Creating and Creating

October 15, 2020

What we can learn from the (re)creation of the universe

Once again, we’ve reached the beginning of the story. Bereshit, “in the beginning!” Though, if we’re going to get technical, the first word makes no sense and should probably be translated as “in the beginning of.” But nonetheless, the beginning!

Every year we find ourselves exactly here. Sort of at the beginning and also in the middle. For us, as we restart the Torah, we are in the middle of our lives. So while we are reading the book from the beginning, we carry all of ourselves along with it. I’d argue that’s a good thing. That’s the nature of perspective, our own experience filtering everything we experience. 

This week we’re going to look at a midrashMidrashim are early rabbinic explorations of Jewish ideas based on the text of the Torah. Rabbinic fan fiction, if you will. The Torah usually speaks in the language of actions and rarely describes what the characters are thinking. It happens, but rarely.

When God created the universe, what was God thinking? What was God imagining would happen? What did God want to happen?

Every letter is an invitation to interpret, imagine, and explore a new idea.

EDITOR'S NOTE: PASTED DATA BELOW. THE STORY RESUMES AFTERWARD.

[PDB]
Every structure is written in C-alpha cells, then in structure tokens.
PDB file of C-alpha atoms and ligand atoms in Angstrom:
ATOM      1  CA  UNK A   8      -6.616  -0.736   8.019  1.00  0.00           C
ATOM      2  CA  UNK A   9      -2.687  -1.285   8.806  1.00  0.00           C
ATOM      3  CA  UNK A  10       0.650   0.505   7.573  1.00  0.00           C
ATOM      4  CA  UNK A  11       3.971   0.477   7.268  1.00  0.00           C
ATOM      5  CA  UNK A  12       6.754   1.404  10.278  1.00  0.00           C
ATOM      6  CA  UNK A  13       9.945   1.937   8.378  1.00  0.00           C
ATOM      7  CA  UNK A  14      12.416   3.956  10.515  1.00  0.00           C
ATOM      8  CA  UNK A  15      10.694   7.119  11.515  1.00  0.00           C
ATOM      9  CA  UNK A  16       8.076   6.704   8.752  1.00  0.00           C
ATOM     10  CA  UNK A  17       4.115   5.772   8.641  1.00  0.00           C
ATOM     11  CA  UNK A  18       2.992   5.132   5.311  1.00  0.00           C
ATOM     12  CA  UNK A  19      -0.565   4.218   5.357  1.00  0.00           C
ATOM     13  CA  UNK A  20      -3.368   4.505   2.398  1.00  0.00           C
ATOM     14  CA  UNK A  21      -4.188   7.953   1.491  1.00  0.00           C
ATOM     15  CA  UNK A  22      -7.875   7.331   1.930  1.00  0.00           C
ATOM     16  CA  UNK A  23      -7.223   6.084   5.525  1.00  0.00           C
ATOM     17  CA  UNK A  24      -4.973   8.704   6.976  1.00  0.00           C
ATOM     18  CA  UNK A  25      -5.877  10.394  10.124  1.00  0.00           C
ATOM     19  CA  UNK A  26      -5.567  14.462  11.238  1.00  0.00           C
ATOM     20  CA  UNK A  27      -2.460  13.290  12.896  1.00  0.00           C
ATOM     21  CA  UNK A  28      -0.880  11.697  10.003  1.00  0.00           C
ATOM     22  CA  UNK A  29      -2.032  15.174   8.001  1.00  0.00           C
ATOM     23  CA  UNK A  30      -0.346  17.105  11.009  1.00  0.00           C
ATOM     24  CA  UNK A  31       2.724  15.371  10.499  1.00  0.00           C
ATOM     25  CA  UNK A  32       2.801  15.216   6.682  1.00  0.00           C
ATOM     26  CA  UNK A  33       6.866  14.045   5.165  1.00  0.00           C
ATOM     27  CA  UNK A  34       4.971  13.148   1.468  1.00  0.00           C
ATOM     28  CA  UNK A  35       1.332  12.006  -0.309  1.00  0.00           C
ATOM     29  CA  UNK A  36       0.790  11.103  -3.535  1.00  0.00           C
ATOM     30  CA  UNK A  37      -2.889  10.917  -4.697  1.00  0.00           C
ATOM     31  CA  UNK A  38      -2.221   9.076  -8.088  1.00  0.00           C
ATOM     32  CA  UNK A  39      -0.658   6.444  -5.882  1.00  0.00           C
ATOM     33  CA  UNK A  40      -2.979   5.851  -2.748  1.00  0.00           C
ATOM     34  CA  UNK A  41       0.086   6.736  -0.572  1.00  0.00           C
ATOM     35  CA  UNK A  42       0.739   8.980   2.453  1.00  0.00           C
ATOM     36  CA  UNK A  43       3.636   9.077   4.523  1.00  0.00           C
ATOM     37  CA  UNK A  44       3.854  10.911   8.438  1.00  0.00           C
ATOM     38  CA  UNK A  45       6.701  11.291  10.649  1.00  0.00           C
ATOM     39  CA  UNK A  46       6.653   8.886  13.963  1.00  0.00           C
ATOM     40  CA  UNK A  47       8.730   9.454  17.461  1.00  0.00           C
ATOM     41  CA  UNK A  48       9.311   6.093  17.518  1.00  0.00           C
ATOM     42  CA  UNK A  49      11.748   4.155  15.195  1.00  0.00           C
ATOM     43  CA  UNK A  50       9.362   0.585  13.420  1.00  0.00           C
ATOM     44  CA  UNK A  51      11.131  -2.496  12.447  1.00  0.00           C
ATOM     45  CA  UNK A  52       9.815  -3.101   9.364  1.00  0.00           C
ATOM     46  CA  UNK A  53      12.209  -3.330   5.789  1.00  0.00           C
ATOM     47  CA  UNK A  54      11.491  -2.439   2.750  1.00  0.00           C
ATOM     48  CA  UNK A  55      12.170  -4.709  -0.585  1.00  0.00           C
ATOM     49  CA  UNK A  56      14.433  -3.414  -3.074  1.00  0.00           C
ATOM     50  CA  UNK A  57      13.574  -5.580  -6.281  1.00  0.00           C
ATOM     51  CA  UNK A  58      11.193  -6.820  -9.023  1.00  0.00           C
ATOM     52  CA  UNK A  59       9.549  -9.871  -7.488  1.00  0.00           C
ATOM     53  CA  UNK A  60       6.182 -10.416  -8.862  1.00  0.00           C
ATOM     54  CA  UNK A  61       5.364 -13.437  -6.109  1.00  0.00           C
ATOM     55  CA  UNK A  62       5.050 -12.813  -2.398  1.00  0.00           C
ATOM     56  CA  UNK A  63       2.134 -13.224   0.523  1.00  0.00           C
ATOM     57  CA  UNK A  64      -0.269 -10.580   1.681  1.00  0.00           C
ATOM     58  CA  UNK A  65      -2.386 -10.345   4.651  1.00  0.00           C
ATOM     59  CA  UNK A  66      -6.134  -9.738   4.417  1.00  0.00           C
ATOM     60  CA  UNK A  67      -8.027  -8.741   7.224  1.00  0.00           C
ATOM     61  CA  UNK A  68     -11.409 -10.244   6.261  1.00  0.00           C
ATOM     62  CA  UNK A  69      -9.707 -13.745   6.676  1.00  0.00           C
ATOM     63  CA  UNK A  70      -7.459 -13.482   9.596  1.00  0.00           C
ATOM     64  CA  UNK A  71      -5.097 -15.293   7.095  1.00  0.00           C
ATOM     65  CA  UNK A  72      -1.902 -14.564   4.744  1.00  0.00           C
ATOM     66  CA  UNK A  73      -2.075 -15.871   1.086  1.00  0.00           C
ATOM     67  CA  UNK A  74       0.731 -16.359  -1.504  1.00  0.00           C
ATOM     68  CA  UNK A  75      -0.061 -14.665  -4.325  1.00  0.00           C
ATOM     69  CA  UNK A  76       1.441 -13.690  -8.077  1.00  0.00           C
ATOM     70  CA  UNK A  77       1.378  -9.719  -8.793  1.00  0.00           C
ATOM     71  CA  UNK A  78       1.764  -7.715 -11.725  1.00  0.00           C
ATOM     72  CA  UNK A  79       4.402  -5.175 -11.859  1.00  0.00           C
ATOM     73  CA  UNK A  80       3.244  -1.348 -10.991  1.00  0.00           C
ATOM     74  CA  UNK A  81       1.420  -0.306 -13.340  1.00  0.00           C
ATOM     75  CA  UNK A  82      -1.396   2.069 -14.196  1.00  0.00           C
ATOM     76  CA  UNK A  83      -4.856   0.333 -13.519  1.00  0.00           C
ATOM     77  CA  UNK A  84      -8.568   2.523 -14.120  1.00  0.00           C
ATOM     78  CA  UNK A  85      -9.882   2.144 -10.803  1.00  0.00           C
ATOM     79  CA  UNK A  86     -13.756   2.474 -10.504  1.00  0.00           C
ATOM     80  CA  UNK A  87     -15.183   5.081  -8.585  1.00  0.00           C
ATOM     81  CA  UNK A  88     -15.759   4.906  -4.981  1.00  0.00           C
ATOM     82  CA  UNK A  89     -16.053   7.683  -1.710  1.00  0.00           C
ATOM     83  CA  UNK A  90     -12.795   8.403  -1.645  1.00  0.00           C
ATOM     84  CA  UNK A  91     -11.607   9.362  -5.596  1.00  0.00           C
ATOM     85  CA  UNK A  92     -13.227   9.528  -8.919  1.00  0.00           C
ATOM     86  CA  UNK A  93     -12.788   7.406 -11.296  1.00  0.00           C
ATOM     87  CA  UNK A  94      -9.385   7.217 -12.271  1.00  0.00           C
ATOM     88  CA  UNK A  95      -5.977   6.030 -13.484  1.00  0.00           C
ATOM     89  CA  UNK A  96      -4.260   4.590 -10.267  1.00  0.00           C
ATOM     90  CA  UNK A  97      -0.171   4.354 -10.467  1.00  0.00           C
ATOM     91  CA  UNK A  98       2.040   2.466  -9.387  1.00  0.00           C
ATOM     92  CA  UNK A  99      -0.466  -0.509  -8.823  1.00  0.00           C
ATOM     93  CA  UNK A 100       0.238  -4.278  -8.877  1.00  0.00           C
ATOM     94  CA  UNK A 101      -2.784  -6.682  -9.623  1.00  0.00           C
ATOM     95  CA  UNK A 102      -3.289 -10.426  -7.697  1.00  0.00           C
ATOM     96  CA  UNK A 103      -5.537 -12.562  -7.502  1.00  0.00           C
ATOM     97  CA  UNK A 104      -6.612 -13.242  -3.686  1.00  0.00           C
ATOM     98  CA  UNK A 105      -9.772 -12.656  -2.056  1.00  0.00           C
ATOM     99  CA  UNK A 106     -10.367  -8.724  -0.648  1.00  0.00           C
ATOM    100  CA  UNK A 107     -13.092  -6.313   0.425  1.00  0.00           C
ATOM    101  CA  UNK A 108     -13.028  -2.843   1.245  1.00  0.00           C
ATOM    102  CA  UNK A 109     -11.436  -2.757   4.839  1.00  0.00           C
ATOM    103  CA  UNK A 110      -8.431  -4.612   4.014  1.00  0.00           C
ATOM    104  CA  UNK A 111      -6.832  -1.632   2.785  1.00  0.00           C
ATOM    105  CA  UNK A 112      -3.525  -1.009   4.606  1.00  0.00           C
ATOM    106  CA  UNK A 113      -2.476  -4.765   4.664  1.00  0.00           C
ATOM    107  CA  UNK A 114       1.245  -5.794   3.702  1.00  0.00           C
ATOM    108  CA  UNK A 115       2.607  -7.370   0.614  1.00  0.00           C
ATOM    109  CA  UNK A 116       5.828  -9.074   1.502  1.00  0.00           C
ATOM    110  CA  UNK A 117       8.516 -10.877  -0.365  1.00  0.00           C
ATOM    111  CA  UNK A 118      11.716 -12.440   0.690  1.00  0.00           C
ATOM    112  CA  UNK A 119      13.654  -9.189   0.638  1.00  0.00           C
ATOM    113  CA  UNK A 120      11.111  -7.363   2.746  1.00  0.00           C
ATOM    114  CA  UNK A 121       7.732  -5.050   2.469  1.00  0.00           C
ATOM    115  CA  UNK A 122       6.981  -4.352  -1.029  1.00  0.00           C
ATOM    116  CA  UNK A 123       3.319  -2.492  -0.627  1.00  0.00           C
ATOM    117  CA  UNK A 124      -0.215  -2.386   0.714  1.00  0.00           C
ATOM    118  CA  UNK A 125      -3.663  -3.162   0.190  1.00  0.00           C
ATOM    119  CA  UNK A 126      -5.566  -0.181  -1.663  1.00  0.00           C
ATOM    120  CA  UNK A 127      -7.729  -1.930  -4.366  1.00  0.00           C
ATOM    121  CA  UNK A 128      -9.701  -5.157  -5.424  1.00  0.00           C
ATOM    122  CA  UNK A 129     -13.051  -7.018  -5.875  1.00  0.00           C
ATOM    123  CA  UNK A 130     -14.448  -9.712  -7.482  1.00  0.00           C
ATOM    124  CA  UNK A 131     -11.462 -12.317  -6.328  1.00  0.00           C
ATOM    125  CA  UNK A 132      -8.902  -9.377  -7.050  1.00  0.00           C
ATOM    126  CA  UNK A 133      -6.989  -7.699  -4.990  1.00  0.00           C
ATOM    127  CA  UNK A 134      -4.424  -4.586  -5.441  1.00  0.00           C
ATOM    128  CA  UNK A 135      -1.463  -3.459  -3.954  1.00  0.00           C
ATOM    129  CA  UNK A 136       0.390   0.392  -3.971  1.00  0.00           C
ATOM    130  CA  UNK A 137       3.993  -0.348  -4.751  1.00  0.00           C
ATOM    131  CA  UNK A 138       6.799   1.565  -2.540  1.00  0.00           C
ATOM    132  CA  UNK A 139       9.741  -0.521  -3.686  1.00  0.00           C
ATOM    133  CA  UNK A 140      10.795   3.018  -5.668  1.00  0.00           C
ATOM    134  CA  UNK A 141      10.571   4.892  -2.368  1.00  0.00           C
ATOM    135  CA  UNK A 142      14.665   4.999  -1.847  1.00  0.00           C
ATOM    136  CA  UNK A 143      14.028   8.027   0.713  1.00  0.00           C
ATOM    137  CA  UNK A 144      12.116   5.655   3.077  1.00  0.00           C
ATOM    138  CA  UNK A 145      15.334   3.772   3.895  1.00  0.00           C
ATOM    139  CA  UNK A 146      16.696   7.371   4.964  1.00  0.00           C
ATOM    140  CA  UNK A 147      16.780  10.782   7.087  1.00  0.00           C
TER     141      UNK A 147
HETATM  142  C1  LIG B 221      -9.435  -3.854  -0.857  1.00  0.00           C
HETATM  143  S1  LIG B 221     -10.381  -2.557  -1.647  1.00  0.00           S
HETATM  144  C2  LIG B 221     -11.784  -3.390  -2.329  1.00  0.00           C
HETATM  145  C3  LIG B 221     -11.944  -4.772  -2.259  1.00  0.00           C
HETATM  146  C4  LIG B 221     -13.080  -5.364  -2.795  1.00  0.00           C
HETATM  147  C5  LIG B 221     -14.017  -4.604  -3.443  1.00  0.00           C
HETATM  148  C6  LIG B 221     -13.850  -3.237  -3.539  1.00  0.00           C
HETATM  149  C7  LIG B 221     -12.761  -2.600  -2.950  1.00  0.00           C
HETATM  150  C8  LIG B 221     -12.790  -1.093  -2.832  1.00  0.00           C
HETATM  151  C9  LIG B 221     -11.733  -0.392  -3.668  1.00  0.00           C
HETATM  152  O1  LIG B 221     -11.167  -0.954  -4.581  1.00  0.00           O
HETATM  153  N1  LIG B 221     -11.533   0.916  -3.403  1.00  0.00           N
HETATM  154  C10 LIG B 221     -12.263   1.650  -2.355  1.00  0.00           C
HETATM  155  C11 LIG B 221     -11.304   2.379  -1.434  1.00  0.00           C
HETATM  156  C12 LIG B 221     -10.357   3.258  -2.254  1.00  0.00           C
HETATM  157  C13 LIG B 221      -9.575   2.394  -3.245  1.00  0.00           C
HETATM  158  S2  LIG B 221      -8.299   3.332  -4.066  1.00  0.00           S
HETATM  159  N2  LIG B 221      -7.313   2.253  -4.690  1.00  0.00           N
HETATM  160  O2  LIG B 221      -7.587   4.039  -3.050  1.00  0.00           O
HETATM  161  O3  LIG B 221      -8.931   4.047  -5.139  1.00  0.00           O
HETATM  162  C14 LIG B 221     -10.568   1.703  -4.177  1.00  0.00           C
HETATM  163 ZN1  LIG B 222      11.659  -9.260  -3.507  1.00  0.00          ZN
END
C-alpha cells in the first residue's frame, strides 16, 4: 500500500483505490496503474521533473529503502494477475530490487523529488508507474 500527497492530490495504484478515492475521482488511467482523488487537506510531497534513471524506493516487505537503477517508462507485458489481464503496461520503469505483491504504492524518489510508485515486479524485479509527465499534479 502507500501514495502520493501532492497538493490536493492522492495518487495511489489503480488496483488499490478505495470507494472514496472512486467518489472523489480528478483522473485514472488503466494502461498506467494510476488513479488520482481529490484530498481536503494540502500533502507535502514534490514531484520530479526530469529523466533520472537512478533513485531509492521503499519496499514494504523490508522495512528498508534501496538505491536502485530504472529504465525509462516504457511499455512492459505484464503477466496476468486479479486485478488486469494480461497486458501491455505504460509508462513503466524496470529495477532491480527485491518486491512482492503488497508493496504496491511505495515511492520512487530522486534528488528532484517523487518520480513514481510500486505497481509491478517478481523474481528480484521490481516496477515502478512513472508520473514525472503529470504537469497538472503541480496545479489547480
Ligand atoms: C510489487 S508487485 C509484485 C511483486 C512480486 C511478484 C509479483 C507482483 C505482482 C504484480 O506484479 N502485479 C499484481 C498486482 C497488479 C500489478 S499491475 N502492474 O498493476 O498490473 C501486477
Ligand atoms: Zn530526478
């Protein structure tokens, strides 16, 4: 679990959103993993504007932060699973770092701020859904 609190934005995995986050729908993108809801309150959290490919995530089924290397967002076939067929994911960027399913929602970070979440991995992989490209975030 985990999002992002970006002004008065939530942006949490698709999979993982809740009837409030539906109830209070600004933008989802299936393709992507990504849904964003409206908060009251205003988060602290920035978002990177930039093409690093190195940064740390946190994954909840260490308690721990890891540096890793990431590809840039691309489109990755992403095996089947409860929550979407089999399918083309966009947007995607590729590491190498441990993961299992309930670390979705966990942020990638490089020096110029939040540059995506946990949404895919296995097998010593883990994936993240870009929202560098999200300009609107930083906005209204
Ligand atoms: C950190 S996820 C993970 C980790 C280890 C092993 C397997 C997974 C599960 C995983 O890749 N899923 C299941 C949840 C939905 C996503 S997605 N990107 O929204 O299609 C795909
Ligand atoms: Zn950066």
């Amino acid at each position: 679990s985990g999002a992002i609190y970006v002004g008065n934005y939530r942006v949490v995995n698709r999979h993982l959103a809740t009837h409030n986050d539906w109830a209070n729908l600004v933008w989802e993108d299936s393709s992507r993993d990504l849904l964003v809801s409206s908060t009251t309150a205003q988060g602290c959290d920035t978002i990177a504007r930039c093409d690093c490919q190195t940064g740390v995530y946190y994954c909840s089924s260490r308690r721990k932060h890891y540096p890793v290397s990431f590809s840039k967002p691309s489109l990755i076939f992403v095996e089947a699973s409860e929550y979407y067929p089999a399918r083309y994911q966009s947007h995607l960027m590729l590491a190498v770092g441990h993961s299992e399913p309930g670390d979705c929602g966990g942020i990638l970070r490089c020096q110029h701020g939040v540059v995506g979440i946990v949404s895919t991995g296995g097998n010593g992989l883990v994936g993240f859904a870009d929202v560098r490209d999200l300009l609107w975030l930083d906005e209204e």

Classically, Rashi, the 11th-century French commentator, says this about the first verse in the Torah:

בראשית ברא אֵין הַמִּקְרָא הַזֶּה אוֹמֵר אֶלָּא דָּרְשֵׁנִי
In the beginning [God] created This verse only calls out, ‘interpret me.’

According to Rashi, for good reason, the verse is pleading to be interpreted! What a strong way to get started. 

Later in the chapter, as the creation is getting underway, we notice that at the end of each day, it says, וַֽיְהִי־עֶ֥רֶב, and it was evening. The midrash is going to focus on that “and” and bring our attention to why that might be there.

This is the midrash, from Bereshit Rabbah:

מַר רַבִּי יְהוּדָה בַּר סִימוֹן, יְהִי עֶרֶב אֵין כְּתִיב כָּאן, אֶלָּא וַיְהִי עֶרֶב, מִכָּאן שֶׁהָיָה סֵדֶר זְמַנִּים קֹדֶם לָכֵן. 
Rabbi Yehudah bar Simon said [about the verse]: it does not say, ‘It was evening,’ but [rather] ‘And it was evening.’ From here we can derive that there was a time-system prior to this.